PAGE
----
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The Oracle

The student news site of Hamline University.

The Oracle

The student news site of Hamline University.

The Oracle

Academic freedom symposium opens up more questions about community healing

Hamline’s Academic Freedoms and Cultural Perspectives symposium hosted thoughtful speakers to discuss the complex subjects. Now the community wonders what will come next.
Aiden Lewald

Last fall, an incident in an art history class left a student exposed to a national debate and an adjunct professor jobless. Nearly a year later, Hamline hosted a symposium with world renowned experts to discuss the relationship between academic freedom and cultural perspectives in the world of academia.
Over the last year, academic freedom has been a recurring subject in the news cycle as higher education continues to run into conflicts with student’s diverse needs. Hamline is one of many colleges and universities that has struggled with this balance, and the forum on Sept. 12 gave space for nationally recognized experts to discuss what academia has to learn about this balance. In the midst of the intellectual conversations and debate, the Hamline community wondered what practical application will look like.
“People talked a lot about theoretical arguments of what academic freedom is…but there was nothing specific about how we can accommodate academic freedom and cultural perspectives in our classrooms,” Professor Binnur Ozkececi-Taner said.
Professor Ozkececi-Taner attended the full day of the conference and was unsatisfied with the lack of community specific conversation.
“We wanted a discussion about academic freedom within the context of Hamline University, because we wanted this to be an event that would start the healing process on campus, and this was not the case unfortunately,” Ozkececi-Taner said.

Hamline students and faculty notably made up a small portion of the event’s attendees, at least partially due to schedule conflicts. The event was announced in late August, giving faculty limited time to prepare for a day-long event.

“We found out about this [event] after many of my faculty colleagues had finalized their syllabi for the semester,” Ozkececi-Taner said.

Some students in attendance for the entirety of the event missed classes to be present.

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“I felt it was important to be here, and to be a part of this conversation,” Hamline senior Josh Sedarski said. Sophomore Jinda Lon had also missed a class to attend the forum.
“It’s important to think about academic freedom…it’s also important that everyone gets their equal representation,” Lon said.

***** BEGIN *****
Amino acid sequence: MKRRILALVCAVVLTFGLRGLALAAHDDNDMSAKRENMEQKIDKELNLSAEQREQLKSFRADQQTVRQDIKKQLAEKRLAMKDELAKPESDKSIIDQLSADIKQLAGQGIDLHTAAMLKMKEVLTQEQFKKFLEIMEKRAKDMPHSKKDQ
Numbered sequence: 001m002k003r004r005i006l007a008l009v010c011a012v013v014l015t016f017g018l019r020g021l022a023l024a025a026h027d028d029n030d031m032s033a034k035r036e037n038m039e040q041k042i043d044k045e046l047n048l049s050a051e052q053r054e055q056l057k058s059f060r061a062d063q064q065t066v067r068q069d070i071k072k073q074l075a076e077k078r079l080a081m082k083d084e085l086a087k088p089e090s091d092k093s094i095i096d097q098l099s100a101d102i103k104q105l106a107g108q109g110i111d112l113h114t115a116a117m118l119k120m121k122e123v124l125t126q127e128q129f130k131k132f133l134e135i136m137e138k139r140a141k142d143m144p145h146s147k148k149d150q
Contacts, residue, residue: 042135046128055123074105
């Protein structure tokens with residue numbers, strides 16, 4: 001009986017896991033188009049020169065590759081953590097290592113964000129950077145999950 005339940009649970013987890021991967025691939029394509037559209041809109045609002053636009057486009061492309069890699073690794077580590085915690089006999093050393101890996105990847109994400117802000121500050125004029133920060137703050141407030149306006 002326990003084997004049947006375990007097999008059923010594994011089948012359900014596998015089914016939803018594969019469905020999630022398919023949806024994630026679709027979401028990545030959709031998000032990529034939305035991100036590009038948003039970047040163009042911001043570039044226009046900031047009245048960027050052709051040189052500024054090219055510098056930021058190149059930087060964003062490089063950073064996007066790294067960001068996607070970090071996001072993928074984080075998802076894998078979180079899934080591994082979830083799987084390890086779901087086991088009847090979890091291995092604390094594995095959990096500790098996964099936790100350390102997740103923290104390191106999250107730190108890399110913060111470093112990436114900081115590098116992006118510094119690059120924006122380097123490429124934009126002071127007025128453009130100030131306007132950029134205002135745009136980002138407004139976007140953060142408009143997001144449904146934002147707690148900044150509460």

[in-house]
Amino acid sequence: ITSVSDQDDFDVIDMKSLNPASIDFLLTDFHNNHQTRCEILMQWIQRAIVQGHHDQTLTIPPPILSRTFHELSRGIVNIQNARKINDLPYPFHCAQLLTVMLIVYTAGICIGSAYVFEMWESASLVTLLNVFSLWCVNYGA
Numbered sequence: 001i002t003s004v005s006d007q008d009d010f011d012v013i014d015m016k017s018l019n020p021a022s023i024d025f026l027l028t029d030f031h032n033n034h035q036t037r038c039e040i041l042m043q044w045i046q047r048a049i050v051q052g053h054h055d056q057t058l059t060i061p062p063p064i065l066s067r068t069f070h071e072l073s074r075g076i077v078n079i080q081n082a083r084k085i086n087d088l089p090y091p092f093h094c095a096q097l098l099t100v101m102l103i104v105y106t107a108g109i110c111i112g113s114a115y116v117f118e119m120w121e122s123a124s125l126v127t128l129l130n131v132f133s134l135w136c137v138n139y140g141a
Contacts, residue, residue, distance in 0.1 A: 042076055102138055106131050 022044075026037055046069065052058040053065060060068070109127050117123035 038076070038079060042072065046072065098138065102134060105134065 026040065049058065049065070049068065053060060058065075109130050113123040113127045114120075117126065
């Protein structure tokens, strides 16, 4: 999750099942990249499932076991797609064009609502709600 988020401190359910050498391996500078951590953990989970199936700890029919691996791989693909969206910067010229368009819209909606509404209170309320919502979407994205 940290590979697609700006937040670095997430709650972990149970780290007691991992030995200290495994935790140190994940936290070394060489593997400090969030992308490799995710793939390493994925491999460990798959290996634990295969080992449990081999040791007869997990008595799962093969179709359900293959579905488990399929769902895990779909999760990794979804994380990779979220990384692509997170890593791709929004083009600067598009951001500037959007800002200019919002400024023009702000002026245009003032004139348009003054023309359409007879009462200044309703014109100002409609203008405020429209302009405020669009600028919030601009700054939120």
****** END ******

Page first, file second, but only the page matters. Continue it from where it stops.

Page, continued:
As for moving forward, academics believe the process will be complex, but necessary.

“These issues require really kind of deft hands,” panelist Stacy Hawkins said. “We really do have to, on the faculty side, exercise a little bit more humility, and the receiving side…has to extend grace, because these are difficult situations to navigate.”

Following the symposium, the Piper community wonders what practical applications will come from the insights discussed.

“These are all really great conversations, but in practice, how is this actually going to be implemented, and are people going to be willing to do it?” Hamline Undergrad Student Council (HUSC) External President Travis Matthews said at the event.

Stacy Hawkins is a Professor of Law at Rutgers University, and sees changes being made within institutions around the country in response to events like the one at Hamline.

“At my own university…there is an increasing attention to providing faculty with training and ongoing professional development around classroom management,” Hawkins said. This kind of professional development is exactly what Professor Ozkececi-Taner believes Hamline could benefit from.

“When we say that faculty needs to do a better job in responding to our student’s needs, then there is the assumption that there is a responsibility of the university [to] prioritize faculty development, because we cannot just read and talk about these issues,” Ozkececi-Taner said.

No plans have been made yet for faculty training or resources to implement these broader concepts.

“We are still in the place of listening and hearing, and once we get past that then I think there’s a way to sit down and say, okay now what do we do with this?” Vice President of Inclusive Excellence David Everett said. “Right now, everything is on the table for us to begin to think about how we can continue and keep the momentum going.”

Community healing may still be achieved, Dr. Everett said, at one of the monthly community conversations the office of Inclusive Excellence hosts.

“One or two of those community conversations [will] continue to supplement on what was shared not just this week, but next week as well,” Everett said. “There’s a way to integrate not just the topic of discussion, but also…what do we need as the Hamline community to move forward?”

Community meetings will be hosted on Tuesdays during conversation hour in Anderson on Tuesday, Oct. 24 and Tuesday, Nov. 14.

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